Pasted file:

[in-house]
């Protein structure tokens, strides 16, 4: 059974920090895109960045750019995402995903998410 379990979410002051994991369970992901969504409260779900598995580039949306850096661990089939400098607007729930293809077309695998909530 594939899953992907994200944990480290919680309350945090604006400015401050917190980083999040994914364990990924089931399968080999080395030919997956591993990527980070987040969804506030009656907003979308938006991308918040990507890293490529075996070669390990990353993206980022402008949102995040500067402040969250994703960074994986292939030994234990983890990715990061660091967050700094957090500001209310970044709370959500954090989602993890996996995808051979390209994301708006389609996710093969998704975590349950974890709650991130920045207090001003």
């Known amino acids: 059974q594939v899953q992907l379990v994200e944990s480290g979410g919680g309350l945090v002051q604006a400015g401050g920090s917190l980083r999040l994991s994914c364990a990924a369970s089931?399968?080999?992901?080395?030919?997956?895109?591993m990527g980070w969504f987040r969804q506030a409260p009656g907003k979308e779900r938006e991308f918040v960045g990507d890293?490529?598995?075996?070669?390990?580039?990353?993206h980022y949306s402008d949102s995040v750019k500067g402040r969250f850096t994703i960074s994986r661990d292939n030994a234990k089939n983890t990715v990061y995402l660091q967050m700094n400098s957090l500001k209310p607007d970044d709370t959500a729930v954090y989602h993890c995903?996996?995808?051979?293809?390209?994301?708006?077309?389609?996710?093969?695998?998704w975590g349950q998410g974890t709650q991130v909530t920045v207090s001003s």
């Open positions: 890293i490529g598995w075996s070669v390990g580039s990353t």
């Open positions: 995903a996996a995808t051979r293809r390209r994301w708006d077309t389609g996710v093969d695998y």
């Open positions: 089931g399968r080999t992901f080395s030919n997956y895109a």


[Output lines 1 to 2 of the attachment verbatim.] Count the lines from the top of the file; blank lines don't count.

[in-house]
């Protein structure tokens, strides 16, 4: 059974920090895109960045750019995402995903998410 379990979410002051994991369970992901969504409260779900598995580039949306850096661990089939400098607007729930293809077309695998909530 594939899953992907994200944990480290919680309350945090604006400015401050917190980083999040994914364990990924089931399968080999080395030919997956591993990527980070987040969804506030009656907003979308938006991308918040990507890293490529075996070669390990990353993206980022402008949102995040500067402040969250994703960074994986292939030994234990983890990715990061660091967050700094957090500001209310970044709370959500954090989602993890996996995808051979390209994301708006389609996710093969998704975590349950974890709650991130920045207090001003």